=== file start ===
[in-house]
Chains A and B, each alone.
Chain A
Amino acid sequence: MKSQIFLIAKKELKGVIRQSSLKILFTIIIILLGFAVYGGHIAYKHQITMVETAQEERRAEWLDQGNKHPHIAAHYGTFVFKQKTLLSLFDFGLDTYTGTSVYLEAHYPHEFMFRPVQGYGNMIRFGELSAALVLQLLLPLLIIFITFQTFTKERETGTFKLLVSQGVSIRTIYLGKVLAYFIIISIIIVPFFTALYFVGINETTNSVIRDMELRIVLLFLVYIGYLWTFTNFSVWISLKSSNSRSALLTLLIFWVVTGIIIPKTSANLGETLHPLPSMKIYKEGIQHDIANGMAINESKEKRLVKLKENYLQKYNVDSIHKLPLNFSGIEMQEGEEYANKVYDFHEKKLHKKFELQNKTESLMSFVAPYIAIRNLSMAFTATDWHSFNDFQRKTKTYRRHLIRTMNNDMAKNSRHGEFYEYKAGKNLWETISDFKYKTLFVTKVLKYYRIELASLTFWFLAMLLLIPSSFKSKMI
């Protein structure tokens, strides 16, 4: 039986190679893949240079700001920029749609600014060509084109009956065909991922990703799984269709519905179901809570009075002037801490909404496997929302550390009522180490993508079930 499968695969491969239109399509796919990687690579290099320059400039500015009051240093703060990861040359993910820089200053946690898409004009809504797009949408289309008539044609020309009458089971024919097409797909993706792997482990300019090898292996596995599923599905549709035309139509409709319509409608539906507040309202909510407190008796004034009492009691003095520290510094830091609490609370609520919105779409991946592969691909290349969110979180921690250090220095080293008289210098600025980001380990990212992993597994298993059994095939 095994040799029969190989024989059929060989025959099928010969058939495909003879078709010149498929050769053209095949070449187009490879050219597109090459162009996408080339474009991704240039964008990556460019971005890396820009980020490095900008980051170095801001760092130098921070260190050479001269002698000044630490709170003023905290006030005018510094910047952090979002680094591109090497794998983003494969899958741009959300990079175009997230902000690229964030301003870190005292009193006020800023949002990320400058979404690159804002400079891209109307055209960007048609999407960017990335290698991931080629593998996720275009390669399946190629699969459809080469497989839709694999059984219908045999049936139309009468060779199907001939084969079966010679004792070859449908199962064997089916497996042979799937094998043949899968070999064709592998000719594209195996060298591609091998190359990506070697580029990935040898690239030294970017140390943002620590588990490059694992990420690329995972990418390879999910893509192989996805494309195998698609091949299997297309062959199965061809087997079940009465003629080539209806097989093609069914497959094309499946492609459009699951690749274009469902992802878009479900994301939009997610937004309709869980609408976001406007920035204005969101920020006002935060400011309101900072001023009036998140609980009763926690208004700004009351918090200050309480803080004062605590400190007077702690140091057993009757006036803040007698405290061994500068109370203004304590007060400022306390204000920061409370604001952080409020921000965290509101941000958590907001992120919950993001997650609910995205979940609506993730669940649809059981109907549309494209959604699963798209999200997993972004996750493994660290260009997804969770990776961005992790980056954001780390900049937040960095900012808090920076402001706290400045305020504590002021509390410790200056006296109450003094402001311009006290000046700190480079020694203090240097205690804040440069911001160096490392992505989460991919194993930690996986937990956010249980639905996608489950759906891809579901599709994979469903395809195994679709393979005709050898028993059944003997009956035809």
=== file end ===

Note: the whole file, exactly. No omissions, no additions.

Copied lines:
[in-house]
Chains A and B, each alone.
Chain A
Amino acid sequence: MKSQIFLIAKKELKGVIRQSSLKILFTIIIILLGFAVYGGHIAYKHQITMVETAQEERRAEWLDQGNKHPHIAAHYGTFVFKQKTLLSLFDFGLDTYTGTSVYLEAHYPHEFMFRPVQGYGNMIRFGELSAALVLQLLLPLLIIFITFQTFTKERETGTFKLLVSQGVSIRTIYLGKVLAYFIIISIIIVPFFTALYFVGINETTNSVIRDMELRIVLLFLVYIGYLWTFTNFSVWISLKSSNSRSALLTLLIFWVVTGIIIPKTSANLGETLHPLPSMKIYKEGIQHDIANGMAINESKEKRLVKLKENYLQKYNVDSIHKLPLNFSGIEMQEGEEYANKVYDFHEKKLHKKFELQNKTESLMSFVAPYIAIRNLSMAFTATDWHSFNDFQRKTKTYRRHLIRTMNNDMAKNSRHGEFYEYKAGKNLWETISDFKYKTLFVTKVLKYYRIELASLTFWFLAMLLLIPSSFKSKMI
């Protein structure tokens, strides 16, 4: 039986190679893949240079700001920029749609600014060509084109009956065909991922990703799984269709519905179901809570009075002037801490909404496997929302550390009522180490993508079930 499968695969491969239109399509796919990687690579290099320059400039500015009051240093703060990861040359993910820089200053946690898409004009809504797009949408289309008539044609020309009458089971024919097409797909993706792997482990300019090898292996596995599923599905549709035309139509409709319509409608539906507040309202909510407190008796004034009492009691003095520290510094830091609490609370609520919105779409991946592969691909290349969110979180921690250090220095080293008289210098600025980001380990990212992993597994298993059994095939 095994040799029969190989024989059929060989025959099928010969058939495909003879078709010149498929050769053209095949070449187009490879050219597109090459162009996408080339474009991704240039964008990556460019971005890396820009980020490095900008980051170095801001760092130098921070260190050479001269002698000044630490709170003023905290006030005018510094910047952090979002680094591109090497794998983003494969899958741009959300990079175009997230902000690229964030301003870190005292009193006020800023949002990320400058979404690159804002400079891209109307055209960007048609999407960017990335290698991931080629593998996720275009390669399946190629699969459809080469497989839709694999059984219908045999049936139309009468060779199907001939084969079966010679004792070859449908199962064997089916497996042979799937094998043949899968070999064709592998000719594209195996060298591609091998190359990506070697580029990935040898690239030294970017140390943002620590588990490059694992990420690329995972990418390879999910893509192989996805494309195998698609091949299997297309062959199965061809087997079940009465003629080539209806097989093609069914497959094309499946492609459009699951690749274009469902992802878009479900994301939009997610937004309709869980609408976001406007920035204005969101920020006002935060400011309101900072001023009036998140609980009763926690208004700004009351918090200050309480803080004062605590400190007077702690140091057993009757006036803040007698405290061994500068109370203004304590007060400022306390204000920061409370604001952080409020921000965290509101941000958590907001992120919950993001997650609910995205979940609506993730669940649809059981109907549309494209959604699963798209999200997993972004996750493994660290260009997804969770990776961005992790980056954001780390900049937040960095900012808090920076402001706290400045305020504590002021509390410790200056006296109450003094402001311009006290000046700190480079020694203090240097205690804040440069911001160096490392992505989460991919194993930690996986937990956010249980639905996608489950759906891809579901599709994979469903395809195994679709393979005709050898028993059944003997009956035809």